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Safeguarding Adults at Risk Policy.

Safeguarding Adults at Risk Policy

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Policy and Key Information

Safeguarding Adults at Risk Policy

To promote safe and effective practice in relation to safeguarding adults at risk, to meet the requirements of the Care Act 2014 and our commitments to working with statutory and non statutory agencies (as per the Department of Health statutory guidance adults documents).


Safeguarding is everyone’s business and it is important that organisations work together to protect people who need help and support. The introduction of the Care Act 2014 created a legal framework so key organisations and individuals with responsibility for adult safeguarding can agree on how they MUST work together and what roles they MUST play to keep adults at risk safe. Co-ordinating responsibility for safeguarding adult’s at risk rests with Local Authorities and Atrium is fully signed up to each of the Local Multi-Agency procedures in all our contexts of sub-contracted in local government organizations, health services and associated clinical work. This policy sets out the overall framework for protection, but all staff must consult with the specific safeguarding advice for every contract pathway and consult with your supervisor, pathway team or contract link if you are unsure. Any safeguarding concern should be taken to your supervisor Becky Hall or Sara Ireland (Safeguarding Lead) to ensure that action is appropriate and coordinated, meets our legal and contract requirements and keeps the client safer.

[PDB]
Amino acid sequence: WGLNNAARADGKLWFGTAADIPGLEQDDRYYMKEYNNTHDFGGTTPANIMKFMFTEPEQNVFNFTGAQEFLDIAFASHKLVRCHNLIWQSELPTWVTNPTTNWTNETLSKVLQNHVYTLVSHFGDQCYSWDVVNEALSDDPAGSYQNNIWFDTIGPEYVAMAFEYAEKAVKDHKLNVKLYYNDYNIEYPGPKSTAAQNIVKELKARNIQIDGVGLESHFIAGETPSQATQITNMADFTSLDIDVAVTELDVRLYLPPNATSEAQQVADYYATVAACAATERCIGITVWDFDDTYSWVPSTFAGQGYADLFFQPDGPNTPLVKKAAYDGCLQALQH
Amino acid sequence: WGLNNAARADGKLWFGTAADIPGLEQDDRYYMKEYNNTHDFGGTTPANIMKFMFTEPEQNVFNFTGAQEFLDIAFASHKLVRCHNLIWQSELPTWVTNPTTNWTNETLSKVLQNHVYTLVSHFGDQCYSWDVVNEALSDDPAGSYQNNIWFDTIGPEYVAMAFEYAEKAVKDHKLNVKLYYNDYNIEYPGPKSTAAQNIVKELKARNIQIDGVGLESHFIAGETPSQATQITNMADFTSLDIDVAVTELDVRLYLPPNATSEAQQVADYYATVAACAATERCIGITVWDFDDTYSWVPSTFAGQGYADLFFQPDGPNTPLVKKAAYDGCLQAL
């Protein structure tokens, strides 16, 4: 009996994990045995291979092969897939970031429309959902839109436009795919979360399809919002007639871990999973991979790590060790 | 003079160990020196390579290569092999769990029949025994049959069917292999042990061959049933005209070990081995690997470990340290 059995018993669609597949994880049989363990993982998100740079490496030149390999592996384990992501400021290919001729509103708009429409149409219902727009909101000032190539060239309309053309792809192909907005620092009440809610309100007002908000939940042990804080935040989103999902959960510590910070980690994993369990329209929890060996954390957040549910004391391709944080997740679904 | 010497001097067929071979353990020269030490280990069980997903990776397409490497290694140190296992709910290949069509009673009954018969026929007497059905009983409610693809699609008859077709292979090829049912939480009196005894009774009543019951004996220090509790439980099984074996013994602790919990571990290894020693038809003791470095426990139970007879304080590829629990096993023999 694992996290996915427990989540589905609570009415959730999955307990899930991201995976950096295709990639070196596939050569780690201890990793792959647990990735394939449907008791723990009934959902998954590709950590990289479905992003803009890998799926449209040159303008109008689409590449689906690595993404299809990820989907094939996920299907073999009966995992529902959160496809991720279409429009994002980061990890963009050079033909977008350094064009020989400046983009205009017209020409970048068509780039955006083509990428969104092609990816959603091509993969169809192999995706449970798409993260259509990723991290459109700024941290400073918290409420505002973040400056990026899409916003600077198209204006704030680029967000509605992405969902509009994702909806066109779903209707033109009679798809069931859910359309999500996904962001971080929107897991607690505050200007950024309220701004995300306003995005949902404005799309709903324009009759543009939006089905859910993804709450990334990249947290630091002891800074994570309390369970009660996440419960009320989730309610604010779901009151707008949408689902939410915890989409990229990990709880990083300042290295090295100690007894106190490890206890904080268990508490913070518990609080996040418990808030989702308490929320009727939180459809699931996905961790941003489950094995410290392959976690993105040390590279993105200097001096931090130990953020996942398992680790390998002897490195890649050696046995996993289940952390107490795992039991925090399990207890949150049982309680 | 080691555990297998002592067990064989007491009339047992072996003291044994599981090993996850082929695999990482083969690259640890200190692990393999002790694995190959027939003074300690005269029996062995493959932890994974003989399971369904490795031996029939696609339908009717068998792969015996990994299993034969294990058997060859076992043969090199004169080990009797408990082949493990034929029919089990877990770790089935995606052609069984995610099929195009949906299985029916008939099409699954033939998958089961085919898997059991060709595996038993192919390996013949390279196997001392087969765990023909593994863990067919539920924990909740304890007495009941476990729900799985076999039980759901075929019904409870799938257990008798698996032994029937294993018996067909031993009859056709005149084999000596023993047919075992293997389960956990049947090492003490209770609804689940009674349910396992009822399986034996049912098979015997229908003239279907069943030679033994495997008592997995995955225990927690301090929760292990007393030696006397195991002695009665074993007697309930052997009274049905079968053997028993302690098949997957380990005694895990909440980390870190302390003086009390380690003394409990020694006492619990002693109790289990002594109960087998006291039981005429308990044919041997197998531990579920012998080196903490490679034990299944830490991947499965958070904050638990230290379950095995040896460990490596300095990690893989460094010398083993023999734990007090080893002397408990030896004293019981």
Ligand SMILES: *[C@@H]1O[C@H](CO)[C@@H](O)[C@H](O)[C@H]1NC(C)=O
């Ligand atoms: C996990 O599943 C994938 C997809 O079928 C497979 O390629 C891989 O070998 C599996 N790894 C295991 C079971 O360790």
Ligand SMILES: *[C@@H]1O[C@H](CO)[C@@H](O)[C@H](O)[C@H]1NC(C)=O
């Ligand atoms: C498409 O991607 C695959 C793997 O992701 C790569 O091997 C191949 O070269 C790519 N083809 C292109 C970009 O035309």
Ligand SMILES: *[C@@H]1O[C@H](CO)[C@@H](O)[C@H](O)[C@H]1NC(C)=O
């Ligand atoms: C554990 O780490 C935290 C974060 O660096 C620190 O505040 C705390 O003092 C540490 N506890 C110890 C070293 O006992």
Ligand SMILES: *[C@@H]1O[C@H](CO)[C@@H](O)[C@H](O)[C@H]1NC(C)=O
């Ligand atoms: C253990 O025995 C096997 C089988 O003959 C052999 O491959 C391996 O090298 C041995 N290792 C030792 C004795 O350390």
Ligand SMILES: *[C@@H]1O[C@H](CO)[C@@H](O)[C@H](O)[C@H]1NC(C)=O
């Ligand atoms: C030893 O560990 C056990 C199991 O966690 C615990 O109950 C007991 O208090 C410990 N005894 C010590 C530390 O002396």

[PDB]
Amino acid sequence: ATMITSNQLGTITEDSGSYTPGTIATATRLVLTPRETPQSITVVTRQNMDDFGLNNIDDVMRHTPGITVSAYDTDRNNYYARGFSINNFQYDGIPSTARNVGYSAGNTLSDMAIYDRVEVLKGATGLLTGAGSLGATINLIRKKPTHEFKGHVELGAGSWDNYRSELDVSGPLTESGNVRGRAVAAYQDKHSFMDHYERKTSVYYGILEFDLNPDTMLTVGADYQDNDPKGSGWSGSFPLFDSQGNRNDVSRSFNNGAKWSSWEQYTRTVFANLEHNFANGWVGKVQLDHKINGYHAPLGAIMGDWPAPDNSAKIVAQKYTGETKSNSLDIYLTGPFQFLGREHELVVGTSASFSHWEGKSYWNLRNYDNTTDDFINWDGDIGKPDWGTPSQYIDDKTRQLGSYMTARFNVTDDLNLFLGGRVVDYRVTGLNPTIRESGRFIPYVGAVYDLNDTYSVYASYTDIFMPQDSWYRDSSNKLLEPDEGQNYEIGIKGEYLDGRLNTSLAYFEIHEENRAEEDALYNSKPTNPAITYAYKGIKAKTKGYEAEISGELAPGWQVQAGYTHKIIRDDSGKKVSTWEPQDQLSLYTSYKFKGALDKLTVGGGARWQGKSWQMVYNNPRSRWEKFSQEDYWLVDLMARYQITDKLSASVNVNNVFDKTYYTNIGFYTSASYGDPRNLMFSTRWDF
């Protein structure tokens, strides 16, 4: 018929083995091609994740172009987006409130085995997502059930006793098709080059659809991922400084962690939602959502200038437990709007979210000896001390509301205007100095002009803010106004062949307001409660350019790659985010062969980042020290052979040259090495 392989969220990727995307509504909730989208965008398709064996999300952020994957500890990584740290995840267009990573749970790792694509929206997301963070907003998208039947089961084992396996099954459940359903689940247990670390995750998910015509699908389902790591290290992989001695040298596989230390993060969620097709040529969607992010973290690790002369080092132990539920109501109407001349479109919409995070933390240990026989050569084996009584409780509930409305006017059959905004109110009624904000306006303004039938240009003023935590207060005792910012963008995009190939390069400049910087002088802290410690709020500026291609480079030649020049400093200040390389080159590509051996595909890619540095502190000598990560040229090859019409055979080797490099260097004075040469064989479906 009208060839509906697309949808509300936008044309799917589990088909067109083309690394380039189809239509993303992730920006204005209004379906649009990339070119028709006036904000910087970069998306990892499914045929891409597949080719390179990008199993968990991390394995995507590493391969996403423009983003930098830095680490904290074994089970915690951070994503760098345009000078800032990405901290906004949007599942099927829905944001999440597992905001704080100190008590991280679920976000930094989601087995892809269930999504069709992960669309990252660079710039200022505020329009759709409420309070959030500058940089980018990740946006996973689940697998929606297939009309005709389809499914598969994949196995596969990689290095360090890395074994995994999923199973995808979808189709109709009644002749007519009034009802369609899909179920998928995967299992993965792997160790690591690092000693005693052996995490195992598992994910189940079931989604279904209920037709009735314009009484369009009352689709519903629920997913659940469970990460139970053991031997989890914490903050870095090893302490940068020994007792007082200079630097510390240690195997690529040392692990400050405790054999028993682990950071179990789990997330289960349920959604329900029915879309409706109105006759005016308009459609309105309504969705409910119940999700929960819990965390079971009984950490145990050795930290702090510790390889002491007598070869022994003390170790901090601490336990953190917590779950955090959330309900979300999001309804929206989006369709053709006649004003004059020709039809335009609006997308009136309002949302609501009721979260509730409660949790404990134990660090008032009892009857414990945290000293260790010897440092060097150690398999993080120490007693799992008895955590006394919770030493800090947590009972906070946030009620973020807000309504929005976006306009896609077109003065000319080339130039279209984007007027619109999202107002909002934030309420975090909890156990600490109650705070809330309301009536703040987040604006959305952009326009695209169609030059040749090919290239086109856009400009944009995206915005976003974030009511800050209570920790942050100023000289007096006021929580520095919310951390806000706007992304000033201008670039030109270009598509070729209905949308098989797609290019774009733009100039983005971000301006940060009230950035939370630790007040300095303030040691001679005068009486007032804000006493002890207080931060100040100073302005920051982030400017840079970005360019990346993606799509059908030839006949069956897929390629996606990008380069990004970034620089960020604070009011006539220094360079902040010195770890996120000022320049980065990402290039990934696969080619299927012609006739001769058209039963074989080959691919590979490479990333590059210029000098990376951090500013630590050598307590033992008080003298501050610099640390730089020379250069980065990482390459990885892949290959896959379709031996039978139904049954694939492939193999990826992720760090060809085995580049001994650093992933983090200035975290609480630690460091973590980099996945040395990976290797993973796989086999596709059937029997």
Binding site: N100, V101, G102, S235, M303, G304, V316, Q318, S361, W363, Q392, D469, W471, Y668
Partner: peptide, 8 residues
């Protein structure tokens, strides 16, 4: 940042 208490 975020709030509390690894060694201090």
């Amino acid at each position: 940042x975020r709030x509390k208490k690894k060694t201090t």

This policy aims to ensure that Atrium Clinic complies with relevant legislation and guidance on safeguarding adults at risk of harm, abuse or neglect. All staff are required to act to promote the well-being of adults and where there are adult protection concerns, to act to safeguard them.

This policy also aims for each adult who is at risk to maintain:
  • Choice and control
  • Safety
  • Good health and good quality of life to live longer and live better
  • Dignity and respect
The aims of Adult Safeguarding are to:
  • Stop abuse or neglect wherever possible
  • Prevent harm and reduce the risk of abuse or neglect to adults with care and support needs
  • Safeguard adults in a way that supports them in making choices and having control about how they want to live
  • Promote an approach that concentrates on improving life for the adults concerned
  • Raise public awareness so that communities as a whole, alongside professionals, play their part in preventing, identifying and responding to abuse and neglect